2) After driving the car for 30 minutes or longer, open the radiator
drain cock, and let the radiator completely drain out. While you are
waiting, find the heater core hose that runs into the engine (not the one
going to the water pump) and cut it. Install your back flushing tee. Also
disconnect your overflow tank hose.
3) After the radiator is drained, take off the radiator cap.
4) Get your garden hose and screw it onto your back flushing tee
connector then put the connector to the back flushing tee you installed..
5) Turn on the water and wait for water to start coming out of both the
radiator drain and top radiator opening.
6) Turn on your engine with your heater running on high and let the car
back flush for 30 minutes.
7) Turn off the engine and disconnect your garden hose.
8) Wait for the water to drain completely from the radiator.
9) Close the radiator drain cock.
10) Pour in your bottle of Zerex Super Cleaner into the radiator.
11) Connect the overflow tank hose and top off radiator with water.
12) If you have bleeder valves for air, turn the engine on with the valves
open and wait for water to come out of them in a constant stream then close
13) Drive your vehicle for 4 - 6 hours which can be on and off and over a
few days. Be careful the outside temperature is not 32° F or lower as water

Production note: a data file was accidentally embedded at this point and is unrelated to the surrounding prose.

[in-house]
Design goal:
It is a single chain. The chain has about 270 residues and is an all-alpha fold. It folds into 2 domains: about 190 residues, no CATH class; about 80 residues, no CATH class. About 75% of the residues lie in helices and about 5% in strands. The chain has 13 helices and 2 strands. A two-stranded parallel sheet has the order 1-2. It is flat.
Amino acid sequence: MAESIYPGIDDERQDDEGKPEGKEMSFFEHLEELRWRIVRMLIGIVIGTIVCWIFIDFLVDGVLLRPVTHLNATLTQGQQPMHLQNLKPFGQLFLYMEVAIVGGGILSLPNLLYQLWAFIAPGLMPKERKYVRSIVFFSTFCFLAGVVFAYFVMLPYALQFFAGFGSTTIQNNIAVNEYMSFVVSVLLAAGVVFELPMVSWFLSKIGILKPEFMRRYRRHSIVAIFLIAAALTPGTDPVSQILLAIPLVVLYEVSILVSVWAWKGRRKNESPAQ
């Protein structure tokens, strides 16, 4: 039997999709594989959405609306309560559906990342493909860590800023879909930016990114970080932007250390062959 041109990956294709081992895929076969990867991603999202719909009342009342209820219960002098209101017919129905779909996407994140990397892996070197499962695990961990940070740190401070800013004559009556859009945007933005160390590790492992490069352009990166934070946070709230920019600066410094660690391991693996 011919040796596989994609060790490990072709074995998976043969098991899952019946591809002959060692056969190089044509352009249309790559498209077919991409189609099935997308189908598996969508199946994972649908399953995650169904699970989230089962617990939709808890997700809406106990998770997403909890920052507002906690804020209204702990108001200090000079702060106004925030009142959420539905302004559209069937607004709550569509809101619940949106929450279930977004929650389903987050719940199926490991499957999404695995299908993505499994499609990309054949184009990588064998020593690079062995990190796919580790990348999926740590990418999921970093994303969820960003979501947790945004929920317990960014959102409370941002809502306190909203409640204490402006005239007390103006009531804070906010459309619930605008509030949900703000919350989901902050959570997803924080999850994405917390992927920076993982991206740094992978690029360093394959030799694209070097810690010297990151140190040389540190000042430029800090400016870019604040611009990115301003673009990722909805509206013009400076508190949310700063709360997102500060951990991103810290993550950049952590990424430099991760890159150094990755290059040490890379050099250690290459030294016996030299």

expands when it freezes which will ruin your radiator and your engine and
14) Repeat steps 1 - 12 except for step 10 pour in your bottle of Zerex
15) Run engine for 15 minutes.
16) Repeat steps 1 - 9.
17) You may want to take out your overflow tank and scrub it inside and out
with dish soap and a bottle brush. Be sure to rinse all the soap out of it.
When you install it back into your vehicle, you may want to fill it up with
water from your garden hose a few times and let it drain out through the
disconnected overflow tank hose.
18) Connect the overflow tank hose after the overflow tank has been rinsed
and is completely empty.
19) Pour in your jugs of Zerex 5/100 Coolant slowly until the radiator is
full of coolant. If it takes 1 1/2 jugs, then that is 6 quarts. If your
system holds 12 quarts, then you have a 50/50 mixture.
20) Fill the overflow tank with Zerex 5/100 Coolant until either the
overflow tank is half full or you reach the HOT line.
21) Repeat step 12.
22) That is pretty much it, but be sure to check your overflow tank and
keep the coolant level at the COLD line after your vehicle has sat for 6 or
8 hours over the next few days and get into the habit of checking it at
least once a week.